by Terazaki Kogyo (1866 - 1919)
The Kuchi-e Tradition - Kuchi-e prints are woodblock frontispiece illustrations used in the publication of Japanese novels and magazines around the turn of the 20th century. Most of kuchi-e prints were illustrations of bijin and continued the tradition of idealized beauties in Japanese art. The subjects, however, have a decidedly Meiji era feel about them and reflect the artistic movement towards more western design. Kuchi-e prints typcially have one or two vertical folds, because of their insertion in a magazine or book as an illustrative print.
A previously neglected genre of Japanese woodblock art, much interest has been generated in the subject since the publication in 2000 of Helen Merritt and Nanako Yamada's groundbreaking book, "Woodblock Kuchi-e Prints: Reflections of Meiji Culture." Kuchi-e prints have become highly sought after and collected by the serious collector.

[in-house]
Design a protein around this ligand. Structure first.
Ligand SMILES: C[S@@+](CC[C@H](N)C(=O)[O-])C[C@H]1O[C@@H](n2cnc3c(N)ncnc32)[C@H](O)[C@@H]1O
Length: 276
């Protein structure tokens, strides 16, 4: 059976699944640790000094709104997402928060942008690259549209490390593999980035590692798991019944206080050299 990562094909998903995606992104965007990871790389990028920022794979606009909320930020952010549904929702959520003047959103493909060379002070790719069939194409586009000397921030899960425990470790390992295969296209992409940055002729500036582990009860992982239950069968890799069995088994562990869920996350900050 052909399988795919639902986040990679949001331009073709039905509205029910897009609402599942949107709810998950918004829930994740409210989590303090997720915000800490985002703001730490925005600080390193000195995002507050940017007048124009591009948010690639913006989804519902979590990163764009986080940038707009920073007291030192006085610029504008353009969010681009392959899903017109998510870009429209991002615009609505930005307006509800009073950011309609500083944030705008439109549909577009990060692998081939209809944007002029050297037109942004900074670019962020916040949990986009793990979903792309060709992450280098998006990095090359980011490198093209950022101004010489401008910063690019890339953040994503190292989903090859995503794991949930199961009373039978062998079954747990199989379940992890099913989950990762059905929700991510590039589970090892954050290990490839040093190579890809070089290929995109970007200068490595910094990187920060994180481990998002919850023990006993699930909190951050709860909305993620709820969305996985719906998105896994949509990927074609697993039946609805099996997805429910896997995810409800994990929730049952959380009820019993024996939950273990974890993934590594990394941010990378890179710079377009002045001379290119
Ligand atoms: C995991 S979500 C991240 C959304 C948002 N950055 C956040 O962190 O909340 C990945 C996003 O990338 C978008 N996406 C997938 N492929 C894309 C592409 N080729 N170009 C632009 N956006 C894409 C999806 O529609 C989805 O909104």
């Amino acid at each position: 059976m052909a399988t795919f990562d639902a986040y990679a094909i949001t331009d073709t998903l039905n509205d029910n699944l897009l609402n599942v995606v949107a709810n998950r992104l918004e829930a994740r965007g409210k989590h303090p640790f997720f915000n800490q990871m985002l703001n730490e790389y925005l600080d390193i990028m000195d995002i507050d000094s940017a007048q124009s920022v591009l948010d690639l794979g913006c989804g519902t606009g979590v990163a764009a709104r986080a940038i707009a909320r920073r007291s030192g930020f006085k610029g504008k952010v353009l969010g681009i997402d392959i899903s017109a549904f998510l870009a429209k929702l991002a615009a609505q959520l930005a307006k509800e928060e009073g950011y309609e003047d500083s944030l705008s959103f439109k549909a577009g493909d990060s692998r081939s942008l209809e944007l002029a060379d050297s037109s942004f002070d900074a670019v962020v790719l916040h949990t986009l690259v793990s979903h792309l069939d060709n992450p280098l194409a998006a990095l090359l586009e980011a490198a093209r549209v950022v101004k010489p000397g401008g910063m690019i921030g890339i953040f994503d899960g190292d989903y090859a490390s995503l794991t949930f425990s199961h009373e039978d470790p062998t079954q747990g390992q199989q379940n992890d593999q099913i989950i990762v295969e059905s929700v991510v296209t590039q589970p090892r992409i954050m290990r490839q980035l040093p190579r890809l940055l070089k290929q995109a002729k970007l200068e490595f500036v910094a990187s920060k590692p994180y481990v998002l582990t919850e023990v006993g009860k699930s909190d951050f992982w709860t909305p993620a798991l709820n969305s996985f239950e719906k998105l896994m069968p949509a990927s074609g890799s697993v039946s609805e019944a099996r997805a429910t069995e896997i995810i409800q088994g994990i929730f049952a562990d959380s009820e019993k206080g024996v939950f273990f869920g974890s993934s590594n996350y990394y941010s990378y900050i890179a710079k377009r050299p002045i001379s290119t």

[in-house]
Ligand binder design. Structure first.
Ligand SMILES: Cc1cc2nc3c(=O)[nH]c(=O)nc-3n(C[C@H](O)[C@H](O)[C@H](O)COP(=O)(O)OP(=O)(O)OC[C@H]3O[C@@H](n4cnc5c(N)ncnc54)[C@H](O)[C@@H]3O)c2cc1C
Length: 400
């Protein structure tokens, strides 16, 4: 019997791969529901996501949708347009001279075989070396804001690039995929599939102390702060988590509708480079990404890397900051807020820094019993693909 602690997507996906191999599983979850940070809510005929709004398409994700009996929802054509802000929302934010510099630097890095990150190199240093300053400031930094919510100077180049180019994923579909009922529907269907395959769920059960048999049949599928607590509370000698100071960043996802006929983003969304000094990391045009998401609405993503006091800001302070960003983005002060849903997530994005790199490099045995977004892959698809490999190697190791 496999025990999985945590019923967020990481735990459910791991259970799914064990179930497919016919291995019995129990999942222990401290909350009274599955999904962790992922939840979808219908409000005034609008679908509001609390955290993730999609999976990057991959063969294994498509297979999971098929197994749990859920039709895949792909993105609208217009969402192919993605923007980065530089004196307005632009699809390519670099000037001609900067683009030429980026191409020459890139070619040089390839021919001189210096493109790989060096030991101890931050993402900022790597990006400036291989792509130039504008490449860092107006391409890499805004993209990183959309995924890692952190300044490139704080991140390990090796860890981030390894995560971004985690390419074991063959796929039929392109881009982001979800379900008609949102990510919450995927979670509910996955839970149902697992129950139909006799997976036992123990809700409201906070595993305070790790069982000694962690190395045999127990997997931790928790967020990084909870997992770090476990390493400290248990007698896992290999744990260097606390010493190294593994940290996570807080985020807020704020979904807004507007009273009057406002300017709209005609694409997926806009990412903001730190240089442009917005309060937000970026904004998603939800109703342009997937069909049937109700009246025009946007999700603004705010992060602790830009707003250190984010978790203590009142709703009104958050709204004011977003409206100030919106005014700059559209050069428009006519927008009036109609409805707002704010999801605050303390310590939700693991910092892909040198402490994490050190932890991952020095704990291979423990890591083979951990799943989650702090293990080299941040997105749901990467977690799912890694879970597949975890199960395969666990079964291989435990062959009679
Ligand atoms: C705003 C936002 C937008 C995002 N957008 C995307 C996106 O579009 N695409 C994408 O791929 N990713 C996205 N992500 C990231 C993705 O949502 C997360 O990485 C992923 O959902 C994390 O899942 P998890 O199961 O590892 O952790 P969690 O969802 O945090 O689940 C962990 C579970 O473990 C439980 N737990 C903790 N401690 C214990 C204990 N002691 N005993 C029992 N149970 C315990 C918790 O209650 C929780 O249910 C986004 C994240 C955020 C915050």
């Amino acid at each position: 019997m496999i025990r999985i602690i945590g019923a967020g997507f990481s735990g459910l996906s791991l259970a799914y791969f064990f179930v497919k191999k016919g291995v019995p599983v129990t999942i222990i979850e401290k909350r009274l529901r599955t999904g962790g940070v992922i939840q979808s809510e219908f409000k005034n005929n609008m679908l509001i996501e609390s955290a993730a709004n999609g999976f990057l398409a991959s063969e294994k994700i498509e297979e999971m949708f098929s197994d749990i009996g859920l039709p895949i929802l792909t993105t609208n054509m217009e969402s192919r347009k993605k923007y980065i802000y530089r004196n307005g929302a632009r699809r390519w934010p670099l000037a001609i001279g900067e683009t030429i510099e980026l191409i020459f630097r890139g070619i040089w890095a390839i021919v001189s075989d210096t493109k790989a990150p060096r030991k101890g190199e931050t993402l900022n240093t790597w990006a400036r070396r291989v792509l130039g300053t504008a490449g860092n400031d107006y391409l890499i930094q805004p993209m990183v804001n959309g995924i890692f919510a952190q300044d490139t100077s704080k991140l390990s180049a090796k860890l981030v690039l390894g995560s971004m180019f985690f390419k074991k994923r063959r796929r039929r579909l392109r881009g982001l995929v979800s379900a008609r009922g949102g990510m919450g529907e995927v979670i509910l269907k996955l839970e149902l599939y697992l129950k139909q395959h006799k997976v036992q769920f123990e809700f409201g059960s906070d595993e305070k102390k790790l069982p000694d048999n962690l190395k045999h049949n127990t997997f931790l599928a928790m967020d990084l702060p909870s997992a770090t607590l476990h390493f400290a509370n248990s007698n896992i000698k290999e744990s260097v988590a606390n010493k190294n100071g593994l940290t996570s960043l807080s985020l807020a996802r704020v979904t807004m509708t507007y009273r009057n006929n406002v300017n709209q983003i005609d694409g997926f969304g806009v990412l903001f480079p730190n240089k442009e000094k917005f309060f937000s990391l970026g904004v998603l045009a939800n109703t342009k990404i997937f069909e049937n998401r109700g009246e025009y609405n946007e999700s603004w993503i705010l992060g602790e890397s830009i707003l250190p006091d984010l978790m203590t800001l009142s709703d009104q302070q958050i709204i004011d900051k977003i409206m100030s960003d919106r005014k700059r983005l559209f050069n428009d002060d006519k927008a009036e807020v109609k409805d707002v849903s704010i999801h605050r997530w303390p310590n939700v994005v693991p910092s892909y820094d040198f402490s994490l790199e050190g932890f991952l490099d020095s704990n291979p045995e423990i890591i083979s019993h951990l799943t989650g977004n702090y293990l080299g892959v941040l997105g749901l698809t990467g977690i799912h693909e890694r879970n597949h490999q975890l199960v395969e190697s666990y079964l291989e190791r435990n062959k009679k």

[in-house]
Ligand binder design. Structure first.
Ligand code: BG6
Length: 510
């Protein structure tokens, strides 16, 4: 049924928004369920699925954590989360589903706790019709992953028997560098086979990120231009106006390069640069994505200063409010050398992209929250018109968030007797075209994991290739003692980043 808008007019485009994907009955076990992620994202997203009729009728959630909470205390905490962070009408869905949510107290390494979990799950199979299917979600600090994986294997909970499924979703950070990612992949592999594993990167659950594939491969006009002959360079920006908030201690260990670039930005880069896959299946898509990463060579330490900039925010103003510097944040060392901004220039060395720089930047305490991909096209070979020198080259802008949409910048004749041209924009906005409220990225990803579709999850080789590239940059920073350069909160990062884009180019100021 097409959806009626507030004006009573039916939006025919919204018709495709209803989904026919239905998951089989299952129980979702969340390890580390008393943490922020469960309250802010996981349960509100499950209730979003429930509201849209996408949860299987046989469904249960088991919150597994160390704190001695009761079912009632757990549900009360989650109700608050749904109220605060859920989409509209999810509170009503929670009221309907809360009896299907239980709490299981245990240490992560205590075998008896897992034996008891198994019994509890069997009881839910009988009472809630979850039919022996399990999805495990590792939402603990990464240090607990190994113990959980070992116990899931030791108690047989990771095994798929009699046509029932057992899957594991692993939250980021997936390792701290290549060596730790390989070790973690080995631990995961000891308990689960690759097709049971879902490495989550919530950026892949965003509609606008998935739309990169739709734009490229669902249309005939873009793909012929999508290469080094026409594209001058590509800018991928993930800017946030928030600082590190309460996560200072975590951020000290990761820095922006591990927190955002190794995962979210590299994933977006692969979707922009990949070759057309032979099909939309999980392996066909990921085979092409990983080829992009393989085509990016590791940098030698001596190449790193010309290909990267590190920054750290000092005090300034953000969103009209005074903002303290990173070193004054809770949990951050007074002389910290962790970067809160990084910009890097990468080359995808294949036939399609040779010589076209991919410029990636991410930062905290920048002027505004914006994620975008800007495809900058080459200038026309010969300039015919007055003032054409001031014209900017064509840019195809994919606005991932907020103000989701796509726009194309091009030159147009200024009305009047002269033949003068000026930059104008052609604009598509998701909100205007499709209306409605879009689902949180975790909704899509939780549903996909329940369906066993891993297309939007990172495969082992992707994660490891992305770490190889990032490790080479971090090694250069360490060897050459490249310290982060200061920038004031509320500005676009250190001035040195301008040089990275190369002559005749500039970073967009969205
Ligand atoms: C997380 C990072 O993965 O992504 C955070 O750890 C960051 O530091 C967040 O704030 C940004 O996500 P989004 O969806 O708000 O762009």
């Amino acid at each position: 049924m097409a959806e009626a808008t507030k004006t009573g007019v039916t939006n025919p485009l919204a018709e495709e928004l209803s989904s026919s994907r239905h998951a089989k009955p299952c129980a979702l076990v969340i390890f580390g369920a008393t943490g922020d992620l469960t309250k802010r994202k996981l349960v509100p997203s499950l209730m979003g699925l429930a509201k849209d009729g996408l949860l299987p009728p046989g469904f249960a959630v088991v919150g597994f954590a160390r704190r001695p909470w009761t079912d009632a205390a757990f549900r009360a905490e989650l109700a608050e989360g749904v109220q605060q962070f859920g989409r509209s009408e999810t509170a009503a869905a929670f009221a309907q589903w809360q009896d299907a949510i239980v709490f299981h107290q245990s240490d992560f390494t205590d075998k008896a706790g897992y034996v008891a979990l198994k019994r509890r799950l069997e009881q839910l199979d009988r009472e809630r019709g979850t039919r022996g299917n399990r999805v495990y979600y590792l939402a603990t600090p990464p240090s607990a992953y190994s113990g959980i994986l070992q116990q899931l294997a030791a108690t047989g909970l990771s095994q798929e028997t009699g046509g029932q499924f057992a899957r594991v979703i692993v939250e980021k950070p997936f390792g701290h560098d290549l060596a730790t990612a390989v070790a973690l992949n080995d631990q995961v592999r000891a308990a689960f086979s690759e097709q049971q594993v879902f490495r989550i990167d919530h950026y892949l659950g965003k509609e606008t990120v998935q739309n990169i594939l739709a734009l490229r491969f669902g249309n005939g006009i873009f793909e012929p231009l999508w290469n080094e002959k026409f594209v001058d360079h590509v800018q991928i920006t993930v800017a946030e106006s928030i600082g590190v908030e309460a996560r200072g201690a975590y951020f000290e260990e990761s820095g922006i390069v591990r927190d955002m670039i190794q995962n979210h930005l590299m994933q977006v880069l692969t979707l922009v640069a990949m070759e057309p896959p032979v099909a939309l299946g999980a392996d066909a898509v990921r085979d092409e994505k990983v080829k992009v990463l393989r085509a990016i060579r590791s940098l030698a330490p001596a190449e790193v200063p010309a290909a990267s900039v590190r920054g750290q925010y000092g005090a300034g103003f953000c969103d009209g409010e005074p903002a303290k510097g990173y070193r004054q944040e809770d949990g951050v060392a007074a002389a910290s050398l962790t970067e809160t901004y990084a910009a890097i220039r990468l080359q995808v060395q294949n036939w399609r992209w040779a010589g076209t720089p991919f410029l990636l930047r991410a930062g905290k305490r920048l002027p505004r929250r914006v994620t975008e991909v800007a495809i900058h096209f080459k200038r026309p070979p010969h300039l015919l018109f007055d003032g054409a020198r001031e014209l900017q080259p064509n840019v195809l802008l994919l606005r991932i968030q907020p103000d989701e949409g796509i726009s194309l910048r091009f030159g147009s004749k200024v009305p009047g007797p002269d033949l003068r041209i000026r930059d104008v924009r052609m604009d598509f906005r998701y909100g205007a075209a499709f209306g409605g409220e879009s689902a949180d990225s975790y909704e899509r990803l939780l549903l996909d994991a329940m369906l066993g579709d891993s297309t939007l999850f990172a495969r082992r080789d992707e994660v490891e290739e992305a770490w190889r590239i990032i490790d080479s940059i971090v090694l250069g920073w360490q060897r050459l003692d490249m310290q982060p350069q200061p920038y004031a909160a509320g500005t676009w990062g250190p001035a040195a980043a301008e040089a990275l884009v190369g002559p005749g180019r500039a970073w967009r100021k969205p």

Comments - Lovely kuchi-e design of a beauty kneeling next to a verandah, absorbed in reading the book in her lap. She wears an informal blue cotton kimono patterned with grasses and flowing water, tied with a red and white obi. The verandah overlooks a garden filled with trees, the foliage rendered in soft tones of green and gray. A serene, attractive image.
Artist - Terazaki Kogyo (1866 - 1919)
Image Size - 8" x 10 1/2" + margins as shown
Condition - This print with excellent detail as shown. Two folds. Slight toning and soiling, a few creases and stains. Please see photos for details.
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